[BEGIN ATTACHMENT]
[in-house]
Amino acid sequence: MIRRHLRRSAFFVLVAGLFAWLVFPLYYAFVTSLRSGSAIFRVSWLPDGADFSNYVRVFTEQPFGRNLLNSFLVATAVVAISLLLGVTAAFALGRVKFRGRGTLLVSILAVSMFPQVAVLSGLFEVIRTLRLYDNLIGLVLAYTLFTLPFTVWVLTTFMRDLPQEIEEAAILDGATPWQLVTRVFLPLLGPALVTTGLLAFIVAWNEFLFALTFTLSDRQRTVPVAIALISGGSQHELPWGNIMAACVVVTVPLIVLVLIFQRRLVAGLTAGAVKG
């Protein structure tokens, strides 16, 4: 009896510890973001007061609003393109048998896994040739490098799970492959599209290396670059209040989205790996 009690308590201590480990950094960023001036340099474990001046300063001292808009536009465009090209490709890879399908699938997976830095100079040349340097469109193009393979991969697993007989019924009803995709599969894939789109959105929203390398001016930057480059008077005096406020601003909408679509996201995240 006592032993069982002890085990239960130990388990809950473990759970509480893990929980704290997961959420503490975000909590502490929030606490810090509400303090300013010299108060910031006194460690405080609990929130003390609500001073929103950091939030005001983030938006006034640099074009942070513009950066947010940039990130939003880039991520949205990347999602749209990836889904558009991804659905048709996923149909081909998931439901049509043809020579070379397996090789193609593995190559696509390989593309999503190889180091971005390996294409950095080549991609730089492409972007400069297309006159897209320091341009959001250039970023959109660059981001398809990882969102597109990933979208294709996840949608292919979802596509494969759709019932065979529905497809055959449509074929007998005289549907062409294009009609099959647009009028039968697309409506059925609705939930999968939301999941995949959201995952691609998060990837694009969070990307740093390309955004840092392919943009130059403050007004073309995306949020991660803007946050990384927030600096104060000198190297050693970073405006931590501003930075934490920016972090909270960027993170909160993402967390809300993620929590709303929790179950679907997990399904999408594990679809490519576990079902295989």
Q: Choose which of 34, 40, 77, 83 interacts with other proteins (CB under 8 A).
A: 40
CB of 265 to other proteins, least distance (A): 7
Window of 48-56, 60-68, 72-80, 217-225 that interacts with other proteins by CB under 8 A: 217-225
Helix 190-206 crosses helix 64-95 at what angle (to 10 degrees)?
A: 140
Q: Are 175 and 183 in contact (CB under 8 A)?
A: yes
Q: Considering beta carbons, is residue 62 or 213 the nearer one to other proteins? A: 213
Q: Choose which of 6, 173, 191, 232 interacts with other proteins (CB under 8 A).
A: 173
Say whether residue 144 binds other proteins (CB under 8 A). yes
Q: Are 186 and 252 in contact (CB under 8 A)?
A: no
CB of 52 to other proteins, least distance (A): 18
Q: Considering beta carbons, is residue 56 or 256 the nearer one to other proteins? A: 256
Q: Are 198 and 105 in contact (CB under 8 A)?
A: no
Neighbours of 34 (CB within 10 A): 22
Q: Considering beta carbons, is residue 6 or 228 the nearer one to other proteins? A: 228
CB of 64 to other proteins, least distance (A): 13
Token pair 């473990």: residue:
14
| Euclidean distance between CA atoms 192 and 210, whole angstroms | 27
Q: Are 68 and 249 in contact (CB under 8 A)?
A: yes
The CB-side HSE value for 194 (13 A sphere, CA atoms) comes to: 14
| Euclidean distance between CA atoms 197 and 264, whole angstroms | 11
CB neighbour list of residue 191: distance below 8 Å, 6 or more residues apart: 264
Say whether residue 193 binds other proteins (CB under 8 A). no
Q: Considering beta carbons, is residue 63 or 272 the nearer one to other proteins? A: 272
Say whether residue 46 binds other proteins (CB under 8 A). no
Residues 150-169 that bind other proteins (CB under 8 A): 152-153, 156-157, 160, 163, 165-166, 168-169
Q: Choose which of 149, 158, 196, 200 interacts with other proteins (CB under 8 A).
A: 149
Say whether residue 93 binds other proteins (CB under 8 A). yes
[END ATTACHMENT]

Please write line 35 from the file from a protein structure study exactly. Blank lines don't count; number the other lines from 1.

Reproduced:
Say whether residue 46 binds other proteins (CB under 8 A). no